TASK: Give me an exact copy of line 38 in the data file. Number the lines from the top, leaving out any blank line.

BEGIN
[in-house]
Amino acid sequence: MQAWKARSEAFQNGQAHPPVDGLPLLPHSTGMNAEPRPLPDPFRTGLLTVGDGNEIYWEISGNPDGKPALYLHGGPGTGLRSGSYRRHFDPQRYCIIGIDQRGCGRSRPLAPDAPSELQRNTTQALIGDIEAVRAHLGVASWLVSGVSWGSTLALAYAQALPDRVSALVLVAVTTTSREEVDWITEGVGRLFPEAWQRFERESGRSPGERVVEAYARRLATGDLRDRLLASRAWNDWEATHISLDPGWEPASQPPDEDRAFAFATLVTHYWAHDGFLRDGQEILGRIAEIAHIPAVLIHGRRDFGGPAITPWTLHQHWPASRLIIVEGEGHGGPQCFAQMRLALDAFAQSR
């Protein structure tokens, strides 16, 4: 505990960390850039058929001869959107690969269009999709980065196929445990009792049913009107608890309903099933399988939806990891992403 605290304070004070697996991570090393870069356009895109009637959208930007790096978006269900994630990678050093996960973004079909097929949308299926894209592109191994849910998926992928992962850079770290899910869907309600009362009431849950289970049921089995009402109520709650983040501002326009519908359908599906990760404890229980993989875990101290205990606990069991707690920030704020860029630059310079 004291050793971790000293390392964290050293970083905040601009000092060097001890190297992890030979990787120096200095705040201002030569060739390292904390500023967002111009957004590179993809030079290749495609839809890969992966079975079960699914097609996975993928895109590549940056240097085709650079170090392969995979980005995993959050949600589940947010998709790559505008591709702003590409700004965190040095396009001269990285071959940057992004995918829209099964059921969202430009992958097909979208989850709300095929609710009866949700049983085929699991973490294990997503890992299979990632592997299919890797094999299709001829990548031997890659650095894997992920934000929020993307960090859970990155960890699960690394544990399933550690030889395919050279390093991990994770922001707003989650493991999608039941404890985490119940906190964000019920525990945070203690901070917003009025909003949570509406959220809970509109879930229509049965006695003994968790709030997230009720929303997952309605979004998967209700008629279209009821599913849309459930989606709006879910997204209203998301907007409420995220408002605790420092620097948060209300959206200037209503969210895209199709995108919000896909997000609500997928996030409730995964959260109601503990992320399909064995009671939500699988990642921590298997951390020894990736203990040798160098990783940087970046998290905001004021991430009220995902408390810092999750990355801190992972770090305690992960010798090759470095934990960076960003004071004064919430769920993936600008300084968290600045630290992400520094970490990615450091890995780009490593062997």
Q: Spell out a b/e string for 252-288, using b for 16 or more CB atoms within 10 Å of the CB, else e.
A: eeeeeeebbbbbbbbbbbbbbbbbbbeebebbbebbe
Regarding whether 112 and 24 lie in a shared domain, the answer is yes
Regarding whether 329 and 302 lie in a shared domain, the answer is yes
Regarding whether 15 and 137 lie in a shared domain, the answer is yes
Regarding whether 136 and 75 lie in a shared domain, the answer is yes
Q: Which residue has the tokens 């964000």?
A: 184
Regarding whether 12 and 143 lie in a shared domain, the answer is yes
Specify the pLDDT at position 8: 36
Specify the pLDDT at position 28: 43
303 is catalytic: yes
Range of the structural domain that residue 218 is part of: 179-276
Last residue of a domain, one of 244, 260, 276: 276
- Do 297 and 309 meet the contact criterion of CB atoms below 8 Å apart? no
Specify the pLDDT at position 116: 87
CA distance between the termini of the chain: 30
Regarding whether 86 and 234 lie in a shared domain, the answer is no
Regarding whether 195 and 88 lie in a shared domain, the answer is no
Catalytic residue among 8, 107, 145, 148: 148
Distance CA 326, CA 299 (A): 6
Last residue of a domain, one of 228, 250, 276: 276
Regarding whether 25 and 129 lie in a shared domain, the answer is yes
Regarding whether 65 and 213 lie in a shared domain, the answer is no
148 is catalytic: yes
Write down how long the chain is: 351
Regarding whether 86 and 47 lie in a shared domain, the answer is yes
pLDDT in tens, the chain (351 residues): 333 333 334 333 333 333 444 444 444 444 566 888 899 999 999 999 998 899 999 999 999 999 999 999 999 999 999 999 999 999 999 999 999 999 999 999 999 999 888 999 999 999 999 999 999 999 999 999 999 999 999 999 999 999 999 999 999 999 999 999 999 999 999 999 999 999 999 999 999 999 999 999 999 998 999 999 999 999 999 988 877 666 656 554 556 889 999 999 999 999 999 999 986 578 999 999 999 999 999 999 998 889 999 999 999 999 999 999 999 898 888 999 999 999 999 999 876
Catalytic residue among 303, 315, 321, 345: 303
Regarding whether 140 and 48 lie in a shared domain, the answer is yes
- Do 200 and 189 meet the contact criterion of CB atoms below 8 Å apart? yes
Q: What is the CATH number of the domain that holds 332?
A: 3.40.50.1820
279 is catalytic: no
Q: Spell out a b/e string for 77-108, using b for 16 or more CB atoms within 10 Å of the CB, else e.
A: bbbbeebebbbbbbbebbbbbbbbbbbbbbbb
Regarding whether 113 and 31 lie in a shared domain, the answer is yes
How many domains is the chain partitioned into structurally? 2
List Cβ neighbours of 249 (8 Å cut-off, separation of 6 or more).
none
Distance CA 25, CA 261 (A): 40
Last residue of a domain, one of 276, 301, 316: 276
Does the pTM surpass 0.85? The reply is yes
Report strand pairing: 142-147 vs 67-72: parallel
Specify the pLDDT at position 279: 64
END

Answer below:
Q: Spell out a b/e string for 77-108, using b for 16 or more CB atoms within 10 Å of the CB, else e.